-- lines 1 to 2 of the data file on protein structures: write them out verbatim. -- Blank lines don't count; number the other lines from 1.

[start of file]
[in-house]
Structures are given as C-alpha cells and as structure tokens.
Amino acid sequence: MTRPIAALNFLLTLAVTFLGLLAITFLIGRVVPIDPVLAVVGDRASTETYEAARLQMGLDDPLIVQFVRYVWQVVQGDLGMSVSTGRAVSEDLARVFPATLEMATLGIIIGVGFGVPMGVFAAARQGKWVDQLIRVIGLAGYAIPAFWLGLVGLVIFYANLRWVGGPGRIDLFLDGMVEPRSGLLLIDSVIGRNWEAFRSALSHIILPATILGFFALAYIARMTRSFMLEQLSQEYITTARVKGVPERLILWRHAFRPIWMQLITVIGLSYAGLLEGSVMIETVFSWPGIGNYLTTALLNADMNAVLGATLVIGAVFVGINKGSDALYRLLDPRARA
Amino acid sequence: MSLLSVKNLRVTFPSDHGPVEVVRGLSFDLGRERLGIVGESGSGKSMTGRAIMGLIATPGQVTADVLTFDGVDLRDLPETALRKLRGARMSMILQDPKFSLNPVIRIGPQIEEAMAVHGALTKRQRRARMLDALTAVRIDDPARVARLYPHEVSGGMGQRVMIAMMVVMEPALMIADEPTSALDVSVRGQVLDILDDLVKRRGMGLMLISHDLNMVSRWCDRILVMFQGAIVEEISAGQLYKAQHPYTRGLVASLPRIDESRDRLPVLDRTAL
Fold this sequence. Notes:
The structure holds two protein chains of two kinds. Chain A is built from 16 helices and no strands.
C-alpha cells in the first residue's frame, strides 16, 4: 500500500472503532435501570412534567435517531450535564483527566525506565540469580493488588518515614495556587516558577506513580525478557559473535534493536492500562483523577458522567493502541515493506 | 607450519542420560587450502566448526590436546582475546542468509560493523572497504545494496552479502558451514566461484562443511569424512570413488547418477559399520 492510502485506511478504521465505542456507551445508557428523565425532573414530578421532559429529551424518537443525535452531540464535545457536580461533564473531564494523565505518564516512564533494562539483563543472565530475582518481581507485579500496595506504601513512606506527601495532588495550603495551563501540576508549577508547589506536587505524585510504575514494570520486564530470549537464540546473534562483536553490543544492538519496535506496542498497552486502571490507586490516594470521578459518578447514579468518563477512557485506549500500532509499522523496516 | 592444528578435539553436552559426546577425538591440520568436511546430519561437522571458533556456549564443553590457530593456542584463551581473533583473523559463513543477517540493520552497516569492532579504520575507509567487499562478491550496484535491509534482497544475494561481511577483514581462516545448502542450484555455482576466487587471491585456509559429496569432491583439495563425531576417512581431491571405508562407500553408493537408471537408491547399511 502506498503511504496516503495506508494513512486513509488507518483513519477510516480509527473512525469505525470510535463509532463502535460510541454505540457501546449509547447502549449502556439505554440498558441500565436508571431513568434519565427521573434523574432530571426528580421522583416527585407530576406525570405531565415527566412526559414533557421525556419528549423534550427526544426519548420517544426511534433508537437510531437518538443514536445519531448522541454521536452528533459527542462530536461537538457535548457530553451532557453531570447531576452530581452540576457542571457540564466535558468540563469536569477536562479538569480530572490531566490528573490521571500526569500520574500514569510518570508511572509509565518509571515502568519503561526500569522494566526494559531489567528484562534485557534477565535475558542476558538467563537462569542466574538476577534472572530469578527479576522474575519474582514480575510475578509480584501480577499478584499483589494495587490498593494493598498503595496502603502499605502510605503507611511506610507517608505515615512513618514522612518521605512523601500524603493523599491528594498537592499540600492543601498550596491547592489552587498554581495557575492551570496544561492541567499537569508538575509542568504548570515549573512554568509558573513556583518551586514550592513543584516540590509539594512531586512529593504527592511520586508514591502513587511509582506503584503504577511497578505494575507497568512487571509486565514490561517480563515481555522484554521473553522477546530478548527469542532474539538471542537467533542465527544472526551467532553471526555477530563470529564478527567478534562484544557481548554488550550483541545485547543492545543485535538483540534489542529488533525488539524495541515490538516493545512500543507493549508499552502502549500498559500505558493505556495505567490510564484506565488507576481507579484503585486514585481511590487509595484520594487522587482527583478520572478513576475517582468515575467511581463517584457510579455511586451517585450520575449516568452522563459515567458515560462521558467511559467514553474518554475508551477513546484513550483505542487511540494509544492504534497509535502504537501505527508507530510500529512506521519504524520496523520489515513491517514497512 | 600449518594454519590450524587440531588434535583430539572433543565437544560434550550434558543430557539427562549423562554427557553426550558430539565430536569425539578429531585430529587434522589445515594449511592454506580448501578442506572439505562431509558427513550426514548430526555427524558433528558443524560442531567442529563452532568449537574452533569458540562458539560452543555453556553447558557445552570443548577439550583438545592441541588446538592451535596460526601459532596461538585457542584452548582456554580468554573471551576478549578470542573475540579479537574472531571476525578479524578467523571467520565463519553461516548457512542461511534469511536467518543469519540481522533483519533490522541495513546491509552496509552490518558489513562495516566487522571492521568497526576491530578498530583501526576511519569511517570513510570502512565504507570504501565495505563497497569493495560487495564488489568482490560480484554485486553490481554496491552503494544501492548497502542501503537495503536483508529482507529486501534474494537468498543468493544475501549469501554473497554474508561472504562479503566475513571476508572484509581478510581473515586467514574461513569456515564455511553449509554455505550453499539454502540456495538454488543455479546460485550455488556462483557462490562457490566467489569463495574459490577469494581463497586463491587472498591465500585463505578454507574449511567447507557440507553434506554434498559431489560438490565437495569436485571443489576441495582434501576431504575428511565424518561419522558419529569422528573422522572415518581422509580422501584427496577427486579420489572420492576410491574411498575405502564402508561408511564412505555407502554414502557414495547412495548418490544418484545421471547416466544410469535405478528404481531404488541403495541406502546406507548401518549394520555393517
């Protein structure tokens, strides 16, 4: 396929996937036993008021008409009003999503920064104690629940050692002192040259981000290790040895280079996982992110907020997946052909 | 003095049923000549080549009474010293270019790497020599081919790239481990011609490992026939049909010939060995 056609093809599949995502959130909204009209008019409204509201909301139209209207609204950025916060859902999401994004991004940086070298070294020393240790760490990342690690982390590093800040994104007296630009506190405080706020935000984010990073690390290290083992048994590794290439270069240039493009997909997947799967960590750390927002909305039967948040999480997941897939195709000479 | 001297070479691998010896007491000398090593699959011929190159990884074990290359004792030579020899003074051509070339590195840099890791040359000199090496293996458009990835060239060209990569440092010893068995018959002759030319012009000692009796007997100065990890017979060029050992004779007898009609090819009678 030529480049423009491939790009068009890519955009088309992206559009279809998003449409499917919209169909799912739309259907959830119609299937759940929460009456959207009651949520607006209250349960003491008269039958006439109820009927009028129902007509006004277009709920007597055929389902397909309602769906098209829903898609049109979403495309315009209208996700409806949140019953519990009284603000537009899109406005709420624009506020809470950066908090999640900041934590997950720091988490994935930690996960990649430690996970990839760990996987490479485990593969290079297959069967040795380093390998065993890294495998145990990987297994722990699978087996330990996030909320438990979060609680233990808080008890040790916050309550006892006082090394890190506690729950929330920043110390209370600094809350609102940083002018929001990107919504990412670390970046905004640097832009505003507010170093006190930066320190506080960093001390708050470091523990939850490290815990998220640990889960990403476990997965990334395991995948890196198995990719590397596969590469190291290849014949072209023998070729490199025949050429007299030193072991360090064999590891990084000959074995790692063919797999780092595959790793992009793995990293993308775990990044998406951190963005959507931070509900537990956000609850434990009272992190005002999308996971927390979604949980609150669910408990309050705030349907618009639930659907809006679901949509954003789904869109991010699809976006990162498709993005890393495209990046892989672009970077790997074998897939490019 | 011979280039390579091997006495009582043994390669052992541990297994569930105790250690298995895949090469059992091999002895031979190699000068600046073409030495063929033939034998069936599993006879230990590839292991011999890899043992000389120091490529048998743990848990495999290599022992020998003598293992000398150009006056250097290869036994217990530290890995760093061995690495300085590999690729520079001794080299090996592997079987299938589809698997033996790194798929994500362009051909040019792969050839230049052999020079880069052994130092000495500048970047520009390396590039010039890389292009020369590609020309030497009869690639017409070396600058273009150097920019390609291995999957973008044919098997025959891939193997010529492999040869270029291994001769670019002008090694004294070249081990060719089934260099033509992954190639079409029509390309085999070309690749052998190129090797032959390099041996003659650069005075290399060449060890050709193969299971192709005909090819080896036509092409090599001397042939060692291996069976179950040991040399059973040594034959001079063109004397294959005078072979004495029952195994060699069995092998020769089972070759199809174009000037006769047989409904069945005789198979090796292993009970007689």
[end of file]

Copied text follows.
[in-house]
Structures are given as C-alpha cells and as structure tokens.